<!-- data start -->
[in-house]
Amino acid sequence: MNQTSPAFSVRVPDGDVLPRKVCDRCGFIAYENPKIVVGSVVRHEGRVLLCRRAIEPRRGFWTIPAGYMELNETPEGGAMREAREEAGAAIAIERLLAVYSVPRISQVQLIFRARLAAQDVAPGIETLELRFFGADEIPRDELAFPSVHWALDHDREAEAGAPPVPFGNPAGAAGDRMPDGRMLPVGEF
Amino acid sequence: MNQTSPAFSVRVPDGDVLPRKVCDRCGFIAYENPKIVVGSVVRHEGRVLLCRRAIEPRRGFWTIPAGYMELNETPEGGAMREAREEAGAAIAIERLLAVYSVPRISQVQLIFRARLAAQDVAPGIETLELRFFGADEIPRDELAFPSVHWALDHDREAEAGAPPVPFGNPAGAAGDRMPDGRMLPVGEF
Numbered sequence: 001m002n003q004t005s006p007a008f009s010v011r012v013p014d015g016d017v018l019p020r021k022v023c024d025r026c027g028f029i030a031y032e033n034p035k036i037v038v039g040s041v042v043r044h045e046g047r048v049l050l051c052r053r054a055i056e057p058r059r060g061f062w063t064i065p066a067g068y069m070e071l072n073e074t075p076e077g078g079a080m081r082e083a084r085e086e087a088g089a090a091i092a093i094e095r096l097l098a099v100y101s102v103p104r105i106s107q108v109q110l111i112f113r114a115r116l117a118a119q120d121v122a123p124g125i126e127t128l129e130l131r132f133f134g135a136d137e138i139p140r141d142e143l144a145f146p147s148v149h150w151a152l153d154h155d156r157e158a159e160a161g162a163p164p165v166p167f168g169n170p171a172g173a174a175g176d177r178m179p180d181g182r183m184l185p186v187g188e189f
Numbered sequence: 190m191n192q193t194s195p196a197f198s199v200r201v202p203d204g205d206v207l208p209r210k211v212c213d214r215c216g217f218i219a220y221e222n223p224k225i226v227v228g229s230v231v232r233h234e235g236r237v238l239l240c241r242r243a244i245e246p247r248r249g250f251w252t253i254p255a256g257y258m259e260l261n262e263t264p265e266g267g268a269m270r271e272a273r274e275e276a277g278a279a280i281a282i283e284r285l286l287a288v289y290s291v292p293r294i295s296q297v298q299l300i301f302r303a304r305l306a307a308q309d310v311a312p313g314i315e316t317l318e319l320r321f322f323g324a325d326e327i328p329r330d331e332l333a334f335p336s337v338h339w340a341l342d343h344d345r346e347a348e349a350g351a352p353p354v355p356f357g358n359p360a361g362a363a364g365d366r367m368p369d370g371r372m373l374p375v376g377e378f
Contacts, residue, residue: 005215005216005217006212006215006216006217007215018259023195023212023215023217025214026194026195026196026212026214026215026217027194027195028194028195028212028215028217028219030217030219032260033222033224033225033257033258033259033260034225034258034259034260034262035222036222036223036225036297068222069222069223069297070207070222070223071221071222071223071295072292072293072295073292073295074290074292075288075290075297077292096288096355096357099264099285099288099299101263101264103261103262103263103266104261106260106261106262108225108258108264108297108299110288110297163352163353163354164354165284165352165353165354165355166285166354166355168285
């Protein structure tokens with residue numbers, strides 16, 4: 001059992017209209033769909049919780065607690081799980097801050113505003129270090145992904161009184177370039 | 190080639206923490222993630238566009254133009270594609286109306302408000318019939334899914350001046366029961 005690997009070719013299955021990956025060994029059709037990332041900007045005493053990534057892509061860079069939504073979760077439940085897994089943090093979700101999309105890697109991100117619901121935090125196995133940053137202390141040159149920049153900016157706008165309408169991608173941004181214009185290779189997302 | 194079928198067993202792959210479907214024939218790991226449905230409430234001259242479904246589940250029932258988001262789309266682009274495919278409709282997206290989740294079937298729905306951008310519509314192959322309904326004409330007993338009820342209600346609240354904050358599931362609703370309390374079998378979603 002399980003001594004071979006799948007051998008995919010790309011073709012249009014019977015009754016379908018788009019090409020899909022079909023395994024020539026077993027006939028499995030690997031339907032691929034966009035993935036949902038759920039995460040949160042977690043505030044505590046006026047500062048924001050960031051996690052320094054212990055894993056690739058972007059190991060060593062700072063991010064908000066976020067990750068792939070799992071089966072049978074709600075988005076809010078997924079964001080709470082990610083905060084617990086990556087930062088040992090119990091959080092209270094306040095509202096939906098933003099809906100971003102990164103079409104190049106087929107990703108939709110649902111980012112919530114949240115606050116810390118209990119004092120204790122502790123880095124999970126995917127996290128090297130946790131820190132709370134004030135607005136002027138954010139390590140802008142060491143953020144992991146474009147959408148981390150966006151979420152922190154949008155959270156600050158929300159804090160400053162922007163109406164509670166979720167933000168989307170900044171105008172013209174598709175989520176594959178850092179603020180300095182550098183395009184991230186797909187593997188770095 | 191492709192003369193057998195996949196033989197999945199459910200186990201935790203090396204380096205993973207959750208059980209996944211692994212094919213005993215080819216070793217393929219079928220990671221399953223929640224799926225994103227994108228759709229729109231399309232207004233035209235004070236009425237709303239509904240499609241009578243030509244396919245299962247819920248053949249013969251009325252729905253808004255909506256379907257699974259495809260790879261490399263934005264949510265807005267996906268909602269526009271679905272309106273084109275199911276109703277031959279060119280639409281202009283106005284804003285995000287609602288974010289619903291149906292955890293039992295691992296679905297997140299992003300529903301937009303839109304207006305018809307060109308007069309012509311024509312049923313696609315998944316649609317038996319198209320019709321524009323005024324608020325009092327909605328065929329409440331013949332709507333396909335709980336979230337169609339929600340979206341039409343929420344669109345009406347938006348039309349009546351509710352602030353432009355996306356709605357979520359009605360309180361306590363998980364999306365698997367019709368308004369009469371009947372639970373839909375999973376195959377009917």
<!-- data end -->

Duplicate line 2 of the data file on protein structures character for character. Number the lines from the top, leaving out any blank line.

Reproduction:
Amino acid sequence: MNQTSPAFSVRVPDGDVLPRKVCDRCGFIAYENPKIVVGSVVRHEGRVLLCRRAIEPRRGFWTIPAGYMELNETPEGGAMREAREEAGAAIAIERLLAVYSVPRISQVQLIFRARLAAQDVAPGIETLELRFFGADEIPRDELAFPSVHWALDHDREAEAGAPPVPFGNPAGAAGDRMPDGRMLPVGEF